"Faces in the Crowd"
Dec. 3, 2004 - Jan. 5, 2005
The exhibition’s title is taken from a one-image poem by Ezra Pound: "The apparition of these faces in the crowd; petals on a wet, black bough," inspired by a journey on the Paris metro in 1913.
Pound’s celebrated haiku powerfully evokes the individual immersed within the crowd, lost in a moment of stillness within the modern metropolis. "Faces in the Crowd" explores the condition of modernity through realist art.
Taking Edouard Manet as its starting point and moving through modern masters such as Max Beckmann, Umberto Boccioni, Cindy Sherman, Francis Bacon and Jeff Wall, "Faces in the Crowd" maps social and individual relationships through a history of avant garde configuration.
Artists such as Umberto Boccioni, Edvard Munch and Andy Warhol have used the figure to express sensations of speed, alienation or celebrity in modern life.
Work on show by Eve Arnold, Robert Capa and Andreas Gursky documents the epic and the everyday.
Transformations of the city through architecture and technology created public spaces of leisure and spectacle, which are explored in the works of Eugene Atget, Walter Sickert and Henri de Toulouse-Lautrec.
The reduction of private identities to social type became the defining work of August Sander, while in more recent years Cindy Sherman has used different guises and identities to reinvent a sense of self.
The great revolutions in 20th century art tend to be associated with abstraction. Yet there is a parallel history, which is equally radical.
Manet’s vividly realist scenarios or Jeff Wall’s cinematic tableaux offer a compelling snapshot of the modern. By contrast, Edvard Munch or Francis Bacon present a tortured or exhilarated inner life. And for Alexander Rodchenko, Joseph Beuys or Chris Ofili, the figure becomes a harbinger of change: symbolic, revolutionary or transgressive.
Shown above: “The Visual Tower,” (1966)
Glass jars, wood and Tower magazine illustrations
Scottish National Gallery of Modern Art
Structured into broadly themed sections, representations of the human figure are seen as expressions of modernity, becoming ciphers for the experience of modern life; as images of modern life, picturing both the epic and the everyday; or as agents of social change, where avant-garde realism proposes new world orders.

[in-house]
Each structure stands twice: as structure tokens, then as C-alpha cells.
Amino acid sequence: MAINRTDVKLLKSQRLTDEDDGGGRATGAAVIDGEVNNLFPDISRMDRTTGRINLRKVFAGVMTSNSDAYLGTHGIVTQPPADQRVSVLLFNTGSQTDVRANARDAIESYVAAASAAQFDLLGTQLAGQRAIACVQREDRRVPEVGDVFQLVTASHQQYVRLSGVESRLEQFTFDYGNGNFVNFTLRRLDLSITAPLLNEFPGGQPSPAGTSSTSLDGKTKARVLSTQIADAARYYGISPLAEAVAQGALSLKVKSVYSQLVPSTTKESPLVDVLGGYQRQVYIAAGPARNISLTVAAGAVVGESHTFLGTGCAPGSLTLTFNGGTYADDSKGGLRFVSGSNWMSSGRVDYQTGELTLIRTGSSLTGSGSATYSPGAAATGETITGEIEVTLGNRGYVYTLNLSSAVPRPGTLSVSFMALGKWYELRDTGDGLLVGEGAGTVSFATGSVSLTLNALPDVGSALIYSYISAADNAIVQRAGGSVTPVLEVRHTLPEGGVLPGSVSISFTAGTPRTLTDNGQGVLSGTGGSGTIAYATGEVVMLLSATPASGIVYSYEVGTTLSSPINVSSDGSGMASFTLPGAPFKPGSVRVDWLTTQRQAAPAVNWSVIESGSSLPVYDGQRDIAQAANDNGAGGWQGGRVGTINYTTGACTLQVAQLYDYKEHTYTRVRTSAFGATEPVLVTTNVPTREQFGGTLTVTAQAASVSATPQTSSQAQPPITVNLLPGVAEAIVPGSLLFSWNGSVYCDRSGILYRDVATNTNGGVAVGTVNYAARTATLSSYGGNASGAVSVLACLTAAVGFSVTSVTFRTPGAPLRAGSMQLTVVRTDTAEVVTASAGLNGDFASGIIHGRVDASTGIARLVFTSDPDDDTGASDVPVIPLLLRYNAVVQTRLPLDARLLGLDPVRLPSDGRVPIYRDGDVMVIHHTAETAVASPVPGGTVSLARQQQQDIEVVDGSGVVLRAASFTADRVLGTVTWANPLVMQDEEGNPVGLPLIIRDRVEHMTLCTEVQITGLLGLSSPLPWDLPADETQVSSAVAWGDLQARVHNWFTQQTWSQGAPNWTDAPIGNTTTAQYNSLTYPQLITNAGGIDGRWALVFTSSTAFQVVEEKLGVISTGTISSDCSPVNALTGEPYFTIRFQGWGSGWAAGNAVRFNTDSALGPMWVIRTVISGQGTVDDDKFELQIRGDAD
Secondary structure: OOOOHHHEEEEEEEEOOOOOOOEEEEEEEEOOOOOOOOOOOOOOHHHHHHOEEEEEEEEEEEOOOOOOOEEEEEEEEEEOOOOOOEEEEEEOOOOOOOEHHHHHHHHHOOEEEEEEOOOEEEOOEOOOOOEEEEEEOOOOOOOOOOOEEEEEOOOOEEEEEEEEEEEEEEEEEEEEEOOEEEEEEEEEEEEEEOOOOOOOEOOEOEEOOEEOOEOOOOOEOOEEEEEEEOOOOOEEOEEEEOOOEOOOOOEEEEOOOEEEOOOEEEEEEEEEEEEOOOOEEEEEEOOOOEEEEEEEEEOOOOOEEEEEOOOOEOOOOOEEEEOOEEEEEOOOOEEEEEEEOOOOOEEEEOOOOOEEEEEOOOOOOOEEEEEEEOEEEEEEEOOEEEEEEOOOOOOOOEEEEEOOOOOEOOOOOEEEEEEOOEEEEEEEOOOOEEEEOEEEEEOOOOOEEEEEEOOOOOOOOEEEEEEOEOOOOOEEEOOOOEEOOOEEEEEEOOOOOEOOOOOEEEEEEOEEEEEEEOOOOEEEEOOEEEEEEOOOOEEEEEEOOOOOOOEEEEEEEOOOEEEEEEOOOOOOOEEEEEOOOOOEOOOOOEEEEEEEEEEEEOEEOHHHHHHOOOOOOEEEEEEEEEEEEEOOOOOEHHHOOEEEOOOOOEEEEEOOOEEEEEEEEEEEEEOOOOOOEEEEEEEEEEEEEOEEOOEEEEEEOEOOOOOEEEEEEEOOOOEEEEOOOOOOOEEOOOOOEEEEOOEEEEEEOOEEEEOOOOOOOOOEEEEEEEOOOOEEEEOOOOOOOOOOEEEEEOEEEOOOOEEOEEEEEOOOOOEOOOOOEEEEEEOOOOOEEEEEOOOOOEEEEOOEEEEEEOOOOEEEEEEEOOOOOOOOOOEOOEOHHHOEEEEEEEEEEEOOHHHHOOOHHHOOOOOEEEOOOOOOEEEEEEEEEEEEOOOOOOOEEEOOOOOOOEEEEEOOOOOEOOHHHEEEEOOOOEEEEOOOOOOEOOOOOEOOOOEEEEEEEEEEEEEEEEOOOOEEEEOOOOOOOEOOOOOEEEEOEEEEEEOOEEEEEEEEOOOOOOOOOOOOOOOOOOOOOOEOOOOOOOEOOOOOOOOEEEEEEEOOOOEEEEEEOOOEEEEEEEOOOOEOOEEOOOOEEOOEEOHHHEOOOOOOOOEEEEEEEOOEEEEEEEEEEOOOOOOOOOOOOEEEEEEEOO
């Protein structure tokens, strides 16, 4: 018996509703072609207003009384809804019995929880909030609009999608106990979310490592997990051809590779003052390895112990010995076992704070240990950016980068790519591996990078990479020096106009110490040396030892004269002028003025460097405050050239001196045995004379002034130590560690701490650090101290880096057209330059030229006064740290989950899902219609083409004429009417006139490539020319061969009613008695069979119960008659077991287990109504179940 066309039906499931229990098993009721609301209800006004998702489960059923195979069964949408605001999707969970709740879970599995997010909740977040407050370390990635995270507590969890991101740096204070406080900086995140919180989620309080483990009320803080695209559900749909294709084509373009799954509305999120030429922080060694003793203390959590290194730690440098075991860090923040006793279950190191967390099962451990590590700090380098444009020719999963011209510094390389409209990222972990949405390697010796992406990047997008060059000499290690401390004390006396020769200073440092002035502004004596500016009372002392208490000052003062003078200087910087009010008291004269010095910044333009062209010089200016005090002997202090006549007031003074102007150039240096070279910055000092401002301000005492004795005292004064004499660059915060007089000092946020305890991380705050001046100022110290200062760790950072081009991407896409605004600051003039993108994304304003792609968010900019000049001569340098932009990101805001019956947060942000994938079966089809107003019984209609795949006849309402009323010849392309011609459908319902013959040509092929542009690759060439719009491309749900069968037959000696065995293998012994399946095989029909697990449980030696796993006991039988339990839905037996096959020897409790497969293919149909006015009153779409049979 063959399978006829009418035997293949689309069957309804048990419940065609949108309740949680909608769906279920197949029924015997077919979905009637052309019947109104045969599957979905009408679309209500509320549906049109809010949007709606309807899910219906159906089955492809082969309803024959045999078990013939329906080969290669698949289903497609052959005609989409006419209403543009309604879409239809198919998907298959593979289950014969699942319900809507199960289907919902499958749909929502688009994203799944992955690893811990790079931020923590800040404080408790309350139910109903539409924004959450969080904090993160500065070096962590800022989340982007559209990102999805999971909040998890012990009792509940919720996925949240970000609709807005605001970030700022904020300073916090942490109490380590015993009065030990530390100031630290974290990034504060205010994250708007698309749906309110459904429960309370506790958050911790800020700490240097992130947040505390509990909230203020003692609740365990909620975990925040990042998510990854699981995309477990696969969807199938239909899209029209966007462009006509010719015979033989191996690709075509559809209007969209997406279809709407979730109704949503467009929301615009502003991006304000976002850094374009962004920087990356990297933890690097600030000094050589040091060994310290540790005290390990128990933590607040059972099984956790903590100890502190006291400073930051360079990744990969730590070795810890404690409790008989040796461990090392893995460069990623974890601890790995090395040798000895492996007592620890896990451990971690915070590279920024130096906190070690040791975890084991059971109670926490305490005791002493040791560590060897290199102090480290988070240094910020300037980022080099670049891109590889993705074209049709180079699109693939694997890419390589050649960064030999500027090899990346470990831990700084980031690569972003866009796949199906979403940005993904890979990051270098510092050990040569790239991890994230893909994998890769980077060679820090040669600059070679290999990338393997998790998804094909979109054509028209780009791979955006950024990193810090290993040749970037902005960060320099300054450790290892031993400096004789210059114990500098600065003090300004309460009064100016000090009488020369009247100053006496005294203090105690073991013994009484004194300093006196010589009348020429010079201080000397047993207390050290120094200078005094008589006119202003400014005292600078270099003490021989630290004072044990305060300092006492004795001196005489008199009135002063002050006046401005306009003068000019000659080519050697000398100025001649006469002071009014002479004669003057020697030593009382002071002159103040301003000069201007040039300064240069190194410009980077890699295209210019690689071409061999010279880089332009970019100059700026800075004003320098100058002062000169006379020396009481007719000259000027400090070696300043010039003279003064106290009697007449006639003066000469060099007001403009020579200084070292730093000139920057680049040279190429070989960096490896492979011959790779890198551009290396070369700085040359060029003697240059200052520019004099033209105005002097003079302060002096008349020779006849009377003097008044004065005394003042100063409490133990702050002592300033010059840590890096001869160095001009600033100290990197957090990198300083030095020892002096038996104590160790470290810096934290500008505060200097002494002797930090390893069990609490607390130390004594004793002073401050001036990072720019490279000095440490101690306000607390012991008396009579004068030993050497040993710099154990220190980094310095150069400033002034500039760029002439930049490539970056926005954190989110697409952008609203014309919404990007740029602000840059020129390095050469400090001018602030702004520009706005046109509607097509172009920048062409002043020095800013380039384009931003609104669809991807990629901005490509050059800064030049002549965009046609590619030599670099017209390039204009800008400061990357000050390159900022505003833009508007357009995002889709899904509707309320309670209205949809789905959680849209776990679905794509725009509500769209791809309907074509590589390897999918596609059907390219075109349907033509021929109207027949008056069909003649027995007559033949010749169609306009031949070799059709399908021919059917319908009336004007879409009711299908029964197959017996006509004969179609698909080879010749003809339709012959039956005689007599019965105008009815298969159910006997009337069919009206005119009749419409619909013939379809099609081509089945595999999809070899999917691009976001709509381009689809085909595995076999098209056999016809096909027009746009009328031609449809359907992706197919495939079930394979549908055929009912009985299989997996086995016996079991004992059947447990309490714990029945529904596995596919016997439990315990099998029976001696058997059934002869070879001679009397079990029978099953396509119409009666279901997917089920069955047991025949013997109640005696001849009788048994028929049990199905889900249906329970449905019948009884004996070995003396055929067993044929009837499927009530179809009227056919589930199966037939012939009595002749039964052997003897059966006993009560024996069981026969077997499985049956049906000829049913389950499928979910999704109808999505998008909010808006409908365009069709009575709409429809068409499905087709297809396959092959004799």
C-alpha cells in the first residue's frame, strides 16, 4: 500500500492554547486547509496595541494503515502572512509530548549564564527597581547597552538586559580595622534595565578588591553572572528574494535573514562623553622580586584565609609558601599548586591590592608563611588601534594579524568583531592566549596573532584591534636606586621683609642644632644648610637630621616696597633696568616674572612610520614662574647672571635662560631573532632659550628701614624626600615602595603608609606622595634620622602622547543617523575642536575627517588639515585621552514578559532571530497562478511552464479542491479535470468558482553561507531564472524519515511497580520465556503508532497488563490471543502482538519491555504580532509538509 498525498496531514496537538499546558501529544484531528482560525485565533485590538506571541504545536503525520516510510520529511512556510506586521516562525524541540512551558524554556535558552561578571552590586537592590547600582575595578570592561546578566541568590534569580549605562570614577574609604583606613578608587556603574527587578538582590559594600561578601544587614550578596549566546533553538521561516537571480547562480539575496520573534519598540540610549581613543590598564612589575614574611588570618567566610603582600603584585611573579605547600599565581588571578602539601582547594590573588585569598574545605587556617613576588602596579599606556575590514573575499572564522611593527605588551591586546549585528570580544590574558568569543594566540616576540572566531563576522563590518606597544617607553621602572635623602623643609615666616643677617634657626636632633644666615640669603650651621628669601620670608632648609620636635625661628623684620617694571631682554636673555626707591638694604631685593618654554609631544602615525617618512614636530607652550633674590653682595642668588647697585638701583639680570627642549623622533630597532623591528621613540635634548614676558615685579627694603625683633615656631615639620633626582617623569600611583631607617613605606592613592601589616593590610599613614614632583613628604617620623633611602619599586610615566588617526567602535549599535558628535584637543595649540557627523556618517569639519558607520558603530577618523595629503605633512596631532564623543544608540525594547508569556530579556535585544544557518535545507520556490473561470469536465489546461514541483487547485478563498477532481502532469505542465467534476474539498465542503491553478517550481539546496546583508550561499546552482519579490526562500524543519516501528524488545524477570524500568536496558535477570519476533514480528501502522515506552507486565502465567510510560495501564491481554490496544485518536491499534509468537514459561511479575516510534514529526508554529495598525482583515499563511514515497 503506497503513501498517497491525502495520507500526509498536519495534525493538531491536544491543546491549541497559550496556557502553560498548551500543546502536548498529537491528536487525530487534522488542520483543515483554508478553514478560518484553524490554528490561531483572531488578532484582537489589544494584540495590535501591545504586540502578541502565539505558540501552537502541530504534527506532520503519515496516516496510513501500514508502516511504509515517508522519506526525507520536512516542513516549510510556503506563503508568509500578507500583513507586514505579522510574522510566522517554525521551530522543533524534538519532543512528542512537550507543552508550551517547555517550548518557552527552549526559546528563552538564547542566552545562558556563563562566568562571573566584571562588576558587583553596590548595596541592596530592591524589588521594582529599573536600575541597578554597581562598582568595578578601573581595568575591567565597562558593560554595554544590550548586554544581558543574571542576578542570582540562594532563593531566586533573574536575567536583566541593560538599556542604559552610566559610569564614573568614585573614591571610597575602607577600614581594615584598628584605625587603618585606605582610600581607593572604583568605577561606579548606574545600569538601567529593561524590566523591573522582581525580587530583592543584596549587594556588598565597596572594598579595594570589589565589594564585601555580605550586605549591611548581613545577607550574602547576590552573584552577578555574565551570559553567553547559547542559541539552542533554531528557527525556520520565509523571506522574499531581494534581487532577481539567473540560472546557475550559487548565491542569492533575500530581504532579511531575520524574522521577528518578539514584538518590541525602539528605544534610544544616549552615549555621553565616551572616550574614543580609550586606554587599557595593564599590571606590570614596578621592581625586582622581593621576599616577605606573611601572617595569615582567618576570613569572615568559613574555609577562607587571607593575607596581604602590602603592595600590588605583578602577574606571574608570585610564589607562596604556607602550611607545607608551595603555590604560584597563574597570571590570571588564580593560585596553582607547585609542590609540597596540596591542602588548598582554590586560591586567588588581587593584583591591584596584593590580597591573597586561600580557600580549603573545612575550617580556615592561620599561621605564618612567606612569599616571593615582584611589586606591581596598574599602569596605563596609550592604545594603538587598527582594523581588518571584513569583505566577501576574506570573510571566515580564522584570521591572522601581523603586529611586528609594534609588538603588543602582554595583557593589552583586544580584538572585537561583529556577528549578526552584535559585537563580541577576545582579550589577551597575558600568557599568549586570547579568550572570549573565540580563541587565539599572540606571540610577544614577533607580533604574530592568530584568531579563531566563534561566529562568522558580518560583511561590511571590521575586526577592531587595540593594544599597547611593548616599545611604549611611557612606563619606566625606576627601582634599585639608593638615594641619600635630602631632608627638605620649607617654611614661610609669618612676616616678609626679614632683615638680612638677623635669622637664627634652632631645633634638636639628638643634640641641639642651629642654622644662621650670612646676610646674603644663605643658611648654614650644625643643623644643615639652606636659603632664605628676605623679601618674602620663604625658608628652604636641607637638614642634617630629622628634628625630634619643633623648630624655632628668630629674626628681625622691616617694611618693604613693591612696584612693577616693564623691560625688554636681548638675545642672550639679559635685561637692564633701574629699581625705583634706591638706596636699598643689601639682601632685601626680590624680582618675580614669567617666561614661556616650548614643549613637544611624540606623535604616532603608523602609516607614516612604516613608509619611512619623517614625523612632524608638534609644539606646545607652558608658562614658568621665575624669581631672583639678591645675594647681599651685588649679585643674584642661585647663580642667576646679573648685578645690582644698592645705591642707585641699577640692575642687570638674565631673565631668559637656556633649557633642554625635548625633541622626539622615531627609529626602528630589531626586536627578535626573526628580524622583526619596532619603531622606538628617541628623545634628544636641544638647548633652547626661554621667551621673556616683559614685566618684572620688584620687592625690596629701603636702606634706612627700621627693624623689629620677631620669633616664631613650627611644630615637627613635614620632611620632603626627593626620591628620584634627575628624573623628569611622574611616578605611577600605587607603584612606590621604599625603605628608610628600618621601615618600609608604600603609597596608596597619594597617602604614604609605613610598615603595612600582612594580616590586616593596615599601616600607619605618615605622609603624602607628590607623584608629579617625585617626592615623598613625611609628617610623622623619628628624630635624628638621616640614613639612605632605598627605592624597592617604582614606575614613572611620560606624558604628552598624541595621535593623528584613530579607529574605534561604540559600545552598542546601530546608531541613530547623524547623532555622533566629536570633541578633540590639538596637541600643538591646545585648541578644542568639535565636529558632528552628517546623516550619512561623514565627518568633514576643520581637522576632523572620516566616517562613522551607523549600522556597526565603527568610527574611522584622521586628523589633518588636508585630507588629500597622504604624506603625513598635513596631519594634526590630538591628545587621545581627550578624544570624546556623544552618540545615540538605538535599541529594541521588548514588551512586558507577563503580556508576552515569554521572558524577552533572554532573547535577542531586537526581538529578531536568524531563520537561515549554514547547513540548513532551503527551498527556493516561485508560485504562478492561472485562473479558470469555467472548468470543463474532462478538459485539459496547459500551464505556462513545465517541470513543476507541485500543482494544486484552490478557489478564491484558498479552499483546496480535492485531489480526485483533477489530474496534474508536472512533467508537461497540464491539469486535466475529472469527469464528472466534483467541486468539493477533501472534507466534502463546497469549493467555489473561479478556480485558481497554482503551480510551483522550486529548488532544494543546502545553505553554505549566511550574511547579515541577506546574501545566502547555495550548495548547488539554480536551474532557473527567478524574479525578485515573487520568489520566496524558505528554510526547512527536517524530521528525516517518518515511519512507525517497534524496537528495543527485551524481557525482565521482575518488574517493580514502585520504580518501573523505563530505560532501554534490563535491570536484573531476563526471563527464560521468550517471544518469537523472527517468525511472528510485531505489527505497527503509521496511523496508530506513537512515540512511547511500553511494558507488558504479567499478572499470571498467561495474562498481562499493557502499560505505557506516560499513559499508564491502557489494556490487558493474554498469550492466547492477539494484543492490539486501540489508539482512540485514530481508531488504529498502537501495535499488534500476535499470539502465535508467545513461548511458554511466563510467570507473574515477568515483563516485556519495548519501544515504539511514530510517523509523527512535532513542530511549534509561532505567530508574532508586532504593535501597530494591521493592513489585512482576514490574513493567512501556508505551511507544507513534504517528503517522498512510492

Other artists experiment in understanding and furthering a modern self-consciousness in the viewer. Underpinning the whole is the relationship between the individual and society.
The exhibition includes not only masterpieces of painting, but also sculpture, photography and the moving image, with each work pivotal to the story of Modernism. "Faces in the Crowd" traces the story of modernism through its defining artists.
Artists whose work is represented in this major art historical survey include Eve Arnold, Eugene Atget, Francis Bacon, Stephan Balkenhol, Rene Burri, Umberto Boccioni, Christian Boltanski, David Bomberg, Sophie Calle, Robert Capa, James Ensor, Valie Export, George Grosz, Andreas Gursky, John Heartfield, Seydou Keita, William Kentridge, Ernst Ludwig Kirchner, Käthe Kollwitz, Fernand Legér, Helen Levitt, Rene Magritte, Edouard Manet, Edvard Munch, Eduardo Paolozzi, Pablo Picasso, Gerhard Richter, Thomas Schütte, Cindy Sherman, Jeff Wall, Andy Warhol and Jack B. Yeats.
Shown/header image: "Maika," (1929)
Oil on canvas
Private Collection, © VG Bild-Kunst, Bonn
Photo: Benjamin Hasenclever, München
Find it: Whitechapel Art Gallery
80-82 Whitechapel High Street
Get there: Tube to Aldgate East
Get info: +(0)20 7522 7888
Find art events in other cities, in the DEC/JAN issue of "Arte Six."